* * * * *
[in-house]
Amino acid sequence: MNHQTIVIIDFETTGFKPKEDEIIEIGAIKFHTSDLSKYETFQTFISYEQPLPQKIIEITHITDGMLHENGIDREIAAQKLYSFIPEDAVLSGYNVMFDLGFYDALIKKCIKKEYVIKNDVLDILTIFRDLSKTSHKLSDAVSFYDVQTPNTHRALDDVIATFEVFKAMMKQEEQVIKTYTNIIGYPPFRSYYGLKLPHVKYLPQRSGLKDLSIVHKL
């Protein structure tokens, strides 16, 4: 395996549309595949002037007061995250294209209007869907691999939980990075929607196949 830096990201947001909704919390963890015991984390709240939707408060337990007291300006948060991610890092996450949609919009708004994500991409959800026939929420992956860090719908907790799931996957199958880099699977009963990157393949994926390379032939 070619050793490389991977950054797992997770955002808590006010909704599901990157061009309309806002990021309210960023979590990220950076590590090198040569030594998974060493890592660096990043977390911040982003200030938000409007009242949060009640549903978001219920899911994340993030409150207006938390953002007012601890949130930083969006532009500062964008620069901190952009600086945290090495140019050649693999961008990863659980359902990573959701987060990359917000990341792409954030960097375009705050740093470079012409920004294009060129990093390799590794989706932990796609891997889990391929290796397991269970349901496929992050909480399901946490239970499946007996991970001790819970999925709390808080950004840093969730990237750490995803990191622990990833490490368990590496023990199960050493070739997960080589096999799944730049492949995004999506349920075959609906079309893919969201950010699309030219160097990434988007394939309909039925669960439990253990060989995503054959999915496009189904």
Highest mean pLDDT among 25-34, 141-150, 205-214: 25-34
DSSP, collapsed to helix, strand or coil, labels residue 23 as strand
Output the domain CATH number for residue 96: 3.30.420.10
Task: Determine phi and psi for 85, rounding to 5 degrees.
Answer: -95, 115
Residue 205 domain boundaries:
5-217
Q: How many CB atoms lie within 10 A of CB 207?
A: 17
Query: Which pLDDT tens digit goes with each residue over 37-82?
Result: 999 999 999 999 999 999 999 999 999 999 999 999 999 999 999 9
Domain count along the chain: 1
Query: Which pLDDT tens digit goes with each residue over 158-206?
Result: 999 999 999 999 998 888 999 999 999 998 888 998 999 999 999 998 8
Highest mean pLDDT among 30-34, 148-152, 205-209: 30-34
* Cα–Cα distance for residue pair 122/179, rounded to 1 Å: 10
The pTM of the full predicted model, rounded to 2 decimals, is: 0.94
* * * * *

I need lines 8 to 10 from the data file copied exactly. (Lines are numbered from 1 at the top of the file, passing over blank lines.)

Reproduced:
Answer: -95, 115
Residue 205 domain boundaries:
5-217